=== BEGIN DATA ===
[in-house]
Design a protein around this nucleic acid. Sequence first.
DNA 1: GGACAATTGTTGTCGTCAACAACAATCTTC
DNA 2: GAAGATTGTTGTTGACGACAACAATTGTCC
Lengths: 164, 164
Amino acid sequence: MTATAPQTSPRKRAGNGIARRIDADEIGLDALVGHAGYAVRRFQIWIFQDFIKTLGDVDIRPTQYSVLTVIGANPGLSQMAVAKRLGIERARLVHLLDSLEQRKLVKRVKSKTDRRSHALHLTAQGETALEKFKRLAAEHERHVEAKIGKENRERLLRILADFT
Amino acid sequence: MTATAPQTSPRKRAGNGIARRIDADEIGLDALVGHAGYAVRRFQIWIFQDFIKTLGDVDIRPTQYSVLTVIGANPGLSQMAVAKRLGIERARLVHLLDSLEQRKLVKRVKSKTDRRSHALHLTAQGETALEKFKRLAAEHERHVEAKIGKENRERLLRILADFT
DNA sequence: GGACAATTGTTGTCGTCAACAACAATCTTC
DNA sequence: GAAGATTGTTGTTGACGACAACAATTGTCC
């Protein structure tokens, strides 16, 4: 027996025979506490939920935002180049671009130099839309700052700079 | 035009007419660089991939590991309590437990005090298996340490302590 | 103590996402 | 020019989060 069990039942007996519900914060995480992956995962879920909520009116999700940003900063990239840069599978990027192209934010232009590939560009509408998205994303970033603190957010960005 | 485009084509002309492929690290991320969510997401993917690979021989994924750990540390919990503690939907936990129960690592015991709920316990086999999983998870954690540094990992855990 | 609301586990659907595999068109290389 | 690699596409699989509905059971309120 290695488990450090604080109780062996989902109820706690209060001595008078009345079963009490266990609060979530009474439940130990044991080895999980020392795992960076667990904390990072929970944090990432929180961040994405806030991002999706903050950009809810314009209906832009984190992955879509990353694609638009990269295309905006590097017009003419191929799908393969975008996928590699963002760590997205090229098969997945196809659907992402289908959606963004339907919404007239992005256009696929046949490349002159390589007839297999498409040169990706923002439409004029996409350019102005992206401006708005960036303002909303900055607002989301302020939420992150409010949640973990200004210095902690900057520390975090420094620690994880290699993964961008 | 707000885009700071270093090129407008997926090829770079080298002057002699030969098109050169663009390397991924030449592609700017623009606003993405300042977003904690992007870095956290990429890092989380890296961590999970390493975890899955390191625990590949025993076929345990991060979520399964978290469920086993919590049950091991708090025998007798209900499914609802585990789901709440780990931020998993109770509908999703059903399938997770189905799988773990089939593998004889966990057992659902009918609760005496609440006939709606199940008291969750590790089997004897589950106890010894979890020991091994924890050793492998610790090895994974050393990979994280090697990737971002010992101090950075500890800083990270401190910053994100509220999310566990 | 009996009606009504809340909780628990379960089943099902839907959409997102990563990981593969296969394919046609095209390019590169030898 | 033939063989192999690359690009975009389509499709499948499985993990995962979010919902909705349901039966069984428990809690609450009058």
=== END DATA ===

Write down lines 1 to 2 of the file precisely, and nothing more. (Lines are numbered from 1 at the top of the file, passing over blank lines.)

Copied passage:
[in-house]
Design a protein around this nucleic acid. Sequence first.